Safety Rules for Power Tools


Portable electric power tools are just what their name implies: tools with power. Because they're powerful, workers need to be aware of their limitations and potential hazards.

Use and maintain tools with care. Keep them sharp and clean for their best and safest performance. Follow the manufacturer's instructions for lubricating and changing tool accessories. Use the right tool for the job. Don't force a small tool or attachment to do the job of a heavy-duty tool. It overstrains the tool and overloads the motor. Keep guards in place, and follow lockout/tagout procedures. Unless it's designed for it, never use a portable electric tool where there are flammable vapors or gases present.

If the tool is equipped with a three-prong plug, it should be plugged into a three-hole electrical receptacle. If an adapter is used to accommodate it to a two-prong receptacle, the adapter wire must be attached to a known ground. Never remove the third prong.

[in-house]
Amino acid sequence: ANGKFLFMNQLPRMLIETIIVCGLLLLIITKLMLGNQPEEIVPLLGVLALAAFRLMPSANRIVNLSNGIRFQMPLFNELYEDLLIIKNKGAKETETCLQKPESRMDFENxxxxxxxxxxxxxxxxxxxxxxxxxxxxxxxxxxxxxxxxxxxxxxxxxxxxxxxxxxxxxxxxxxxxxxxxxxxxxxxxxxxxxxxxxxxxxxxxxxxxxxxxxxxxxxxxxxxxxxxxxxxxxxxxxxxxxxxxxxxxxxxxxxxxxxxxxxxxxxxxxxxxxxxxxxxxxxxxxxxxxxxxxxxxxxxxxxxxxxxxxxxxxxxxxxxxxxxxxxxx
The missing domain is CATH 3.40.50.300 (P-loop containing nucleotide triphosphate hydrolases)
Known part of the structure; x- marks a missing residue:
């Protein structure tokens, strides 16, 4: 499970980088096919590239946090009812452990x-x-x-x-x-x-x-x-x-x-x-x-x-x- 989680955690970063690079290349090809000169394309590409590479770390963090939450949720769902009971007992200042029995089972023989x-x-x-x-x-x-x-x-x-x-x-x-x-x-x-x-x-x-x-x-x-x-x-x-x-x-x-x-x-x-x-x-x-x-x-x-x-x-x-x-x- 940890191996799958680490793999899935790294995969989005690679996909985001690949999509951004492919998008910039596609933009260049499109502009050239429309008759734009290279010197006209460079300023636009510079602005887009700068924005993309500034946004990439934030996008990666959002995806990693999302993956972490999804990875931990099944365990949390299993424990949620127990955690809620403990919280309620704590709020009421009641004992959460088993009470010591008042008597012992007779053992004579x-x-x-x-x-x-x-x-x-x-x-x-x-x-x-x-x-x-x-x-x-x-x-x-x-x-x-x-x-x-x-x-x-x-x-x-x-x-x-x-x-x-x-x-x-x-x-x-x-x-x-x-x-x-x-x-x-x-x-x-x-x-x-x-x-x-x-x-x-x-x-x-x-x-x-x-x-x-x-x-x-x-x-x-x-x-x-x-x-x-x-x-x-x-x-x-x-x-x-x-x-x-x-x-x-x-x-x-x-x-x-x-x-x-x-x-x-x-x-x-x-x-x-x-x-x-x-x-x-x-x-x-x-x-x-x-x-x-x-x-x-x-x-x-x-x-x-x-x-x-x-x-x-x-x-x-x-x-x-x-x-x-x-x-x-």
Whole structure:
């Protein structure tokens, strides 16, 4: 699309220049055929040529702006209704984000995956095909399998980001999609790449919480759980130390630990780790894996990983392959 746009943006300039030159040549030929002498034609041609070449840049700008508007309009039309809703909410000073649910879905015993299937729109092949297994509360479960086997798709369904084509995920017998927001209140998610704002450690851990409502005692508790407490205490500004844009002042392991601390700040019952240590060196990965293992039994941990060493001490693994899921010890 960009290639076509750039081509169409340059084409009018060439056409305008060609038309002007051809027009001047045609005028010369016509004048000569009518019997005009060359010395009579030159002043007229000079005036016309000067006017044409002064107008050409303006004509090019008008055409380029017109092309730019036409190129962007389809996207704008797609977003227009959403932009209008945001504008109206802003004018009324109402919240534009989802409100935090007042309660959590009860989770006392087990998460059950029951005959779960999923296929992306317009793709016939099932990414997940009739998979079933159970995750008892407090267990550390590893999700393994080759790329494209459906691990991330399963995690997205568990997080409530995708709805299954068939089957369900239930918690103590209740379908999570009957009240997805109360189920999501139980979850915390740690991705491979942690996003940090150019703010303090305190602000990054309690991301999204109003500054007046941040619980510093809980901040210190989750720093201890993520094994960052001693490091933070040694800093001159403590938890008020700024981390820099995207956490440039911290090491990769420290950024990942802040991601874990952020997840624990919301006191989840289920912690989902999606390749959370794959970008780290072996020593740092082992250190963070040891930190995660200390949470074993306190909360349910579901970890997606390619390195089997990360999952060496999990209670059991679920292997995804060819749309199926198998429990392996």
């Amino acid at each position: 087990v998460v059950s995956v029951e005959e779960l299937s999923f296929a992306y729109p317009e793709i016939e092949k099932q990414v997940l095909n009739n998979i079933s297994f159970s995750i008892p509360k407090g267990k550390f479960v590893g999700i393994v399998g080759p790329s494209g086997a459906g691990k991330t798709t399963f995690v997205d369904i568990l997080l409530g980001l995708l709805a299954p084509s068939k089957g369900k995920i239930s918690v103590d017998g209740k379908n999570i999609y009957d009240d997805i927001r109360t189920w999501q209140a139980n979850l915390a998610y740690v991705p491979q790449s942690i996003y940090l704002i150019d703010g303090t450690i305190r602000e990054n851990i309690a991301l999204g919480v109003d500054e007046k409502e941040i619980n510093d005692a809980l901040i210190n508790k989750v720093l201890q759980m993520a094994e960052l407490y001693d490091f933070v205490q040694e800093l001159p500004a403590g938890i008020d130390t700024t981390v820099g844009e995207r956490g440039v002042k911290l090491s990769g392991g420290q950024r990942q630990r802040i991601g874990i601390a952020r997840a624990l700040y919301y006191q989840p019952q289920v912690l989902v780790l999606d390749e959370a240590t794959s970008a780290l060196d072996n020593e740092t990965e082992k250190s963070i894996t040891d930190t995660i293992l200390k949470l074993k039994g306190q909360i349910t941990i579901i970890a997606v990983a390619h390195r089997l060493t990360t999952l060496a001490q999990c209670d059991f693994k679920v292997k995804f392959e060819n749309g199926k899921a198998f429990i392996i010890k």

Keep the cord in good condition. Keep it away from heat, oil, and sharp edges. Never carry a tool by its cord, and never yank the cord to disconnect it from a receptacle. Don't carry a plug-in tools with your finger on the switch. Report any defective or broken plugs and insulation on cords. Take damaged tools out of service to be repaired or replaced.

The greatest hazard of power tools is electric shock, so make sure the tool is properly grounded before it's turned on. It's dangerous to use power tools in damp or wet locations or if the worker is perspiring. Moisture helps electricity flows more easily through the body. Rubber gloves and rubber-soled footwear are recommended when working outdoors where it's damp.

Wear proper clothing and personal protective equipment when working with power tools. Loose clothing or jewelry that can get caught in moving parts. Safety glasses or goggles can protect against flying particles and keep chips from entering the eye. Keep other people out of the tool's plane of rotation so they won't be hit by flying particles.

Keep your balance and proper footing when working with power tools, being careful not to overreach. When you've finished with the tool, put it down or store it so that it can't cause an injury to another worker. Keep the work area well lit and clean. Cluttered areas and benches invite accidents.

Use this attendance sign-in sheet:   Sign-In Sheet